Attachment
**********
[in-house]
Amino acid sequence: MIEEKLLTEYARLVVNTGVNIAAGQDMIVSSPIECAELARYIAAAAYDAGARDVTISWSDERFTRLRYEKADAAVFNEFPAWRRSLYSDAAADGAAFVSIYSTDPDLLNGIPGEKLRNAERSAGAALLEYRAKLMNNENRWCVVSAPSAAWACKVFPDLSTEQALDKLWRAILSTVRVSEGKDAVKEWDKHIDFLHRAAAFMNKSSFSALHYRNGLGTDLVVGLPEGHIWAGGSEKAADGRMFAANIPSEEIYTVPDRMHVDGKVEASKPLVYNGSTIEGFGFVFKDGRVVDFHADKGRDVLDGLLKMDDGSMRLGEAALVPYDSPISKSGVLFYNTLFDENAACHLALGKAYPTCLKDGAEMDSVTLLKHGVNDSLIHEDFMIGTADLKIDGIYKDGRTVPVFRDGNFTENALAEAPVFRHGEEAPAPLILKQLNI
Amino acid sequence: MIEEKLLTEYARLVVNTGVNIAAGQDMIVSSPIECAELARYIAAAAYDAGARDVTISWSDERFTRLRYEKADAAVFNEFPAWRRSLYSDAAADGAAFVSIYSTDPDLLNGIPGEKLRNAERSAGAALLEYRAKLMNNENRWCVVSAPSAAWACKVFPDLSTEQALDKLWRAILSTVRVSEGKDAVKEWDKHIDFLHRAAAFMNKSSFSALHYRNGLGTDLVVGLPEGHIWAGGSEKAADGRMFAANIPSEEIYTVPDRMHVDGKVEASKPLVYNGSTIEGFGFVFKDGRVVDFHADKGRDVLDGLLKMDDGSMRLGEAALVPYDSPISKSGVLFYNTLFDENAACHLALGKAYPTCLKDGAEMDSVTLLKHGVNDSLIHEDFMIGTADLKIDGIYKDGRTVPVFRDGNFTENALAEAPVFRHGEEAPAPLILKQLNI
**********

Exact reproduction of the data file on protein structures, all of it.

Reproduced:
[in-house]
Amino acid sequence: MIEEKLLTEYARLVVNTGVNIAAGQDMIVSSPIECAELARYIAAAAYDAGARDVTISWSDERFTRLRYEKADAAVFNEFPAWRRSLYSDAAADGAAFVSIYSTDPDLLNGIPGEKLRNAERSAGAALLEYRAKLMNNENRWCVVSAPSAAWACKVFPDLSTEQALDKLWRAILSTVRVSEGKDAVKEWDKHIDFLHRAAAFMNKSSFSALHYRNGLGTDLVVGLPEGHIWAGGSEKAADGRMFAANIPSEEIYTVPDRMHVDGKVEASKPLVYNGSTIEGFGFVFKDGRVVDFHADKGRDVLDGLLKMDDGSMRLGEAALVPYDSPISKSGVLFYNTLFDENAACHLALGKAYPTCLKDGAEMDSVTLLKHGVNDSLIHEDFMIGTADLKIDGIYKDGRTVPVFRDGNFTENALAEAPVFRHGEEAPAPLILKQLNI
Amino acid sequence: MIEEKLLTEYARLVVNTGVNIAAGQDMIVSSPIECAELARYIAAAAYDAGARDVTISWSDERFTRLRYEKADAAVFNEFPAWRRSLYSDAAADGAAFVSIYSTDPDLLNGIPGEKLRNAERSAGAALLEYRAKLMNNENRWCVVSAPSAAWACKVFPDLSTEQALDKLWRAILSTVRVSEGKDAVKEWDKHIDFLHRAAAFMNKSSFSALHYRNGLGTDLVVGLPEGHIWAGGSEKAADGRMFAANIPSEEIYTVPDRMHVDGKVEASKPLVYNGSTIEGFGFVFKDGRVVDFHADKGRDVLDGLLKMDDGSMRLGEAALVPYDSPISKSGVLFYNTLFDENAACHLALGKAYPTCLKDGAEMDSVTLLKHGVNDSLIHEDFMIGTADLKIDGIYKDGRTVPVFRDGNFTENALAEAPVFRHGEEAPAPLILKQLNI